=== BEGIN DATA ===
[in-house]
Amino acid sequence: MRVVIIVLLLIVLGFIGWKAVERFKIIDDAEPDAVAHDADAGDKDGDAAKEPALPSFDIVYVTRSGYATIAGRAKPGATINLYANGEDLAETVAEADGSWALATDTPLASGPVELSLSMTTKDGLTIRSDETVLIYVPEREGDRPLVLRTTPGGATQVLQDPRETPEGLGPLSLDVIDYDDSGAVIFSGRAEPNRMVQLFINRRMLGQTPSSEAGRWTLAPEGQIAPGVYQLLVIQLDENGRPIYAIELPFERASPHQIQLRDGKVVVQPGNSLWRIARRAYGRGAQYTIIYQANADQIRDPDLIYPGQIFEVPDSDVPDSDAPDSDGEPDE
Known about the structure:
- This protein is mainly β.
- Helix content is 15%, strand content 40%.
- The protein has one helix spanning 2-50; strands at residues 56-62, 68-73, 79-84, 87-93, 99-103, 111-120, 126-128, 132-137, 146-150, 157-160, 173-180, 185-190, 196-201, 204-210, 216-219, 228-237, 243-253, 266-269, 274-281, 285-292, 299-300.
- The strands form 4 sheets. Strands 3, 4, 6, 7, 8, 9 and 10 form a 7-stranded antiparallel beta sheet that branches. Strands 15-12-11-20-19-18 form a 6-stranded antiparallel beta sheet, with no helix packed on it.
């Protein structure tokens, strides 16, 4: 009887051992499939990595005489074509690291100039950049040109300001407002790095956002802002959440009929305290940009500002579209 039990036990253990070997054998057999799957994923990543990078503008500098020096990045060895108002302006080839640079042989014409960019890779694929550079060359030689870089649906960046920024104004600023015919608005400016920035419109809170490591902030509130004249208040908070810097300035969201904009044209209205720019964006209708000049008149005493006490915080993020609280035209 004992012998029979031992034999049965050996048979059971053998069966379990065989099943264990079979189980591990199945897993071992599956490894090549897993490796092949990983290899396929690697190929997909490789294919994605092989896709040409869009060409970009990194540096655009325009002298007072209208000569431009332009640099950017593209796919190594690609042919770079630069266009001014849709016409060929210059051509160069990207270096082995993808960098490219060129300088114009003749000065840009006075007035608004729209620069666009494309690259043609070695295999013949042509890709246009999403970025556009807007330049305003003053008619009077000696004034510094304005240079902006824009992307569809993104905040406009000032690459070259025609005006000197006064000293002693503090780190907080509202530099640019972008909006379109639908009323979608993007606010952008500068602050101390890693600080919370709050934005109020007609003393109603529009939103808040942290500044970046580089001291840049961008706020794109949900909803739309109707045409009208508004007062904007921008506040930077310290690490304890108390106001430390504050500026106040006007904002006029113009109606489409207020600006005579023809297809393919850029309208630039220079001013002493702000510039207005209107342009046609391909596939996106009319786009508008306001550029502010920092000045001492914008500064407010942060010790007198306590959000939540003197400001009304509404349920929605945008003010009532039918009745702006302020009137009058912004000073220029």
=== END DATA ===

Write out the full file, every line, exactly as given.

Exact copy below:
[in-house]
Amino acid sequence: MRVVIIVLLLIVLGFIGWKAVERFKIIDDAEPDAVAHDADAGDKDGDAAKEPALPSFDIVYVTRSGYATIAGRAKPGATINLYANGEDLAETVAEADGSWALATDTPLASGPVELSLSMTTKDGLTIRSDETVLIYVPEREGDRPLVLRTTPGGATQVLQDPRETPEGLGPLSLDVIDYDDSGAVIFSGRAEPNRMVQLFINRRMLGQTPSSEAGRWTLAPEGQIAPGVYQLLVIQLDENGRPIYAIELPFERASPHQIQLRDGKVVVQPGNSLWRIARRAYGRGAQYTIIYQANADQIRDPDLIYPGQIFEVPDSDVPDSDAPDSDGEPDE
Known about the structure:
- This protein is mainly β.
- Helix content is 15%, strand content 40%.
- The protein has one helix spanning 2-50; strands at residues 56-62, 68-73, 79-84, 87-93, 99-103, 111-120, 126-128, 132-137, 146-150, 157-160, 173-180, 185-190, 196-201, 204-210, 216-219, 228-237, 243-253, 266-269, 274-281, 285-292, 299-300.
- The strands form 4 sheets. Strands 3, 4, 6, 7, 8, 9 and 10 form a 7-stranded antiparallel beta sheet that branches. Strands 15-12-11-20-19-18 form a 6-stranded antiparallel beta sheet, with no helix packed on it.
């Protein structure tokens, strides 16, 4: 009887051992499939990595005489074509690291100039950049040109300001407002790095956002802002959440009929305290940009500002579209 039990036990253990070997054998057999799957994923990543990078503008500098020096990045060895108002302006080839640079042989014409960019890779694929550079060359030689870089649906960046920024104004600023015919608005400016920035419109809170490591902030509130004249208040908070810097300035969201904009044209209205720019964006209708000049008149005493006490915080993020609280035209 004992012998029979031992034999049965050996048979059971053998069966379990065989099943264990079979189980591990199945897993071992599956490894090549897993490796092949990983290899396929690697190929997909490789294919994605092989896709040409869009060409970009990194540096655009325009002298007072209208000569431009332009640099950017593209796919190594690609042919770079630069266009001014849709016409060929210059051509160069990207270096082995993808960098490219060129300088114009003749000065840009006075007035608004729209620069666009494309690259043609070695295999013949042509890709246009999403970025556009807007330049305003003053008619009077000696004034510094304005240079902006824009992307569809993104905040406009000032690459070259025609005006000197006064000293002693503090780190907080509202530099640019972008909006379109639908009323979608993007606010952008500068602050101390890693600080919370709050934005109020007609003393109603529009939103808040942290500044970046580089001291840049961008706020794109949900909803739309109707045409009208508004007062904007921008506040930077310290690490304890108390106001430390504050500026106040006007904002006029113009109606489409207020600006005579023809297809393919850029309208630039220079001013002493702000510039207005209107342009046609391909596939996106009319786009508008306001550029502010920092000045001492914008500064407010942060010790007198306590959000939540003197400001009304509404349920929605945008003010009532039918009745702006302020009137009058912004000073220029």